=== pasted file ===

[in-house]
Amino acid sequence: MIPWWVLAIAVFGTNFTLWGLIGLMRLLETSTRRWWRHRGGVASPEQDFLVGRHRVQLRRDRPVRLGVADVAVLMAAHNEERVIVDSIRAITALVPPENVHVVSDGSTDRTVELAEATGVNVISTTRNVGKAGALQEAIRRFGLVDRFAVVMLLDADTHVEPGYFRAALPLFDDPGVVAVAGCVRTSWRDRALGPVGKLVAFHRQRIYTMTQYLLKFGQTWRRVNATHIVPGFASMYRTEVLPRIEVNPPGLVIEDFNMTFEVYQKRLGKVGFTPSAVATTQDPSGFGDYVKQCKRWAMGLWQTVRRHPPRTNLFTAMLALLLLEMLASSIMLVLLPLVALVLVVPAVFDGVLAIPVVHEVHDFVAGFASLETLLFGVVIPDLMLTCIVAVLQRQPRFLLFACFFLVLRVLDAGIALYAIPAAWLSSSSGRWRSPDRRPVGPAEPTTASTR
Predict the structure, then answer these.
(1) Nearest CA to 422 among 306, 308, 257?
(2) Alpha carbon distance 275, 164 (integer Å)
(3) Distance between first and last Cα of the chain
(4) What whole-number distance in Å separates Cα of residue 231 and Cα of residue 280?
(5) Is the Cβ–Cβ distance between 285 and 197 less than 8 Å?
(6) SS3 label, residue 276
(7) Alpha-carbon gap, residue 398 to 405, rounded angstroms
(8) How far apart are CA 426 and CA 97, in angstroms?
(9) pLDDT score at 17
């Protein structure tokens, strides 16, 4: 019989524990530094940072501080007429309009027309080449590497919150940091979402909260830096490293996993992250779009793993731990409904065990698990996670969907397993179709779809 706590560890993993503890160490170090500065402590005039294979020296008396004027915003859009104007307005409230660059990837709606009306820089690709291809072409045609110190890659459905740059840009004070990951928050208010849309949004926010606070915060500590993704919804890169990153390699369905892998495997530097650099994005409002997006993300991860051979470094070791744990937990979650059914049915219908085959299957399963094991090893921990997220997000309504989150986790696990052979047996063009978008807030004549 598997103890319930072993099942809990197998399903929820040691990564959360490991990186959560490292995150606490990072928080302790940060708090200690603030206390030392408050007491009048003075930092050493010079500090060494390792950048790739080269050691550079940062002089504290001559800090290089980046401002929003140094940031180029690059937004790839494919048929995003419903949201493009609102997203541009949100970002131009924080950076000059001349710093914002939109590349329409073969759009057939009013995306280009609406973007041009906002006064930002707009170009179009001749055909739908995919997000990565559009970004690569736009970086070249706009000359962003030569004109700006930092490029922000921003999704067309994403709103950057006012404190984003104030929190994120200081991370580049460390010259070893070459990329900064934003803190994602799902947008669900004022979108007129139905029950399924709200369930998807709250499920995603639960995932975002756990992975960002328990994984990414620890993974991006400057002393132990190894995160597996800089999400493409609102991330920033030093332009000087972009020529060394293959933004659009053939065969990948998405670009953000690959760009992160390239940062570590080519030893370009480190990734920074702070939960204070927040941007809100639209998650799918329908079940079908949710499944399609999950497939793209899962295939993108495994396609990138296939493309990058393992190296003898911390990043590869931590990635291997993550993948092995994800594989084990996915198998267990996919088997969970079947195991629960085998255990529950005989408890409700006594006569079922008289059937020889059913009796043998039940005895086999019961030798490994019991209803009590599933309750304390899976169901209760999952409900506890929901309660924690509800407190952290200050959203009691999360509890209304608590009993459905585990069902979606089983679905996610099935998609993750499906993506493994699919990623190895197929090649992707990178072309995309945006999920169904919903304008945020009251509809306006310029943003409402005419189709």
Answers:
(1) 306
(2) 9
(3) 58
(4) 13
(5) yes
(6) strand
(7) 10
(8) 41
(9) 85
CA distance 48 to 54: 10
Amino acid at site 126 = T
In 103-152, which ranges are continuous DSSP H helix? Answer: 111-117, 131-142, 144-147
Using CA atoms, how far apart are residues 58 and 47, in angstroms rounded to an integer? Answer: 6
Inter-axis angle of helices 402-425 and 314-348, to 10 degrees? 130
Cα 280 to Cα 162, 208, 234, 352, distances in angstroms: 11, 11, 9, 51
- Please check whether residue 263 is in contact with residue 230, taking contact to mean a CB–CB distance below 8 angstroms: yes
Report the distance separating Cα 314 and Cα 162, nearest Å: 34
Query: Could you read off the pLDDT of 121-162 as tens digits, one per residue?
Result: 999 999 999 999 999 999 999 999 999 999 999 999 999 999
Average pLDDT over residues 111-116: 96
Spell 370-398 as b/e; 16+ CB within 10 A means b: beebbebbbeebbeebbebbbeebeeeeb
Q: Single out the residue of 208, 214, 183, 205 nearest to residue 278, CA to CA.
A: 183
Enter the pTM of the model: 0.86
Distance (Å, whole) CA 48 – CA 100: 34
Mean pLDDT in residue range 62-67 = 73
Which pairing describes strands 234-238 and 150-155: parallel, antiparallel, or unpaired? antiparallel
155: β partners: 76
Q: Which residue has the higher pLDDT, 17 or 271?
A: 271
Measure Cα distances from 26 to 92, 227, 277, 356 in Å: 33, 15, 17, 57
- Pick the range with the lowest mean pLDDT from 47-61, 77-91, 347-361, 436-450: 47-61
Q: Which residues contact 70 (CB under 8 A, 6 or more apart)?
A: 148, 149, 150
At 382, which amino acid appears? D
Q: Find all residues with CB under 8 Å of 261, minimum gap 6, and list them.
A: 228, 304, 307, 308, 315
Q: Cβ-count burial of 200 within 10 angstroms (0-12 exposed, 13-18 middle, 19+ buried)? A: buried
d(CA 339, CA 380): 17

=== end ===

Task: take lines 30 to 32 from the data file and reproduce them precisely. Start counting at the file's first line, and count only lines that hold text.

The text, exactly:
- Please check whether residue 263 is in contact with residue 230, taking contact to mean a CB–CB distance below 8 angstroms: yes
Report the distance separating Cα 314 and Cα 162, nearest Å: 34
Query: Could you read off the pLDDT of 121-162 as tens digits, one per residue?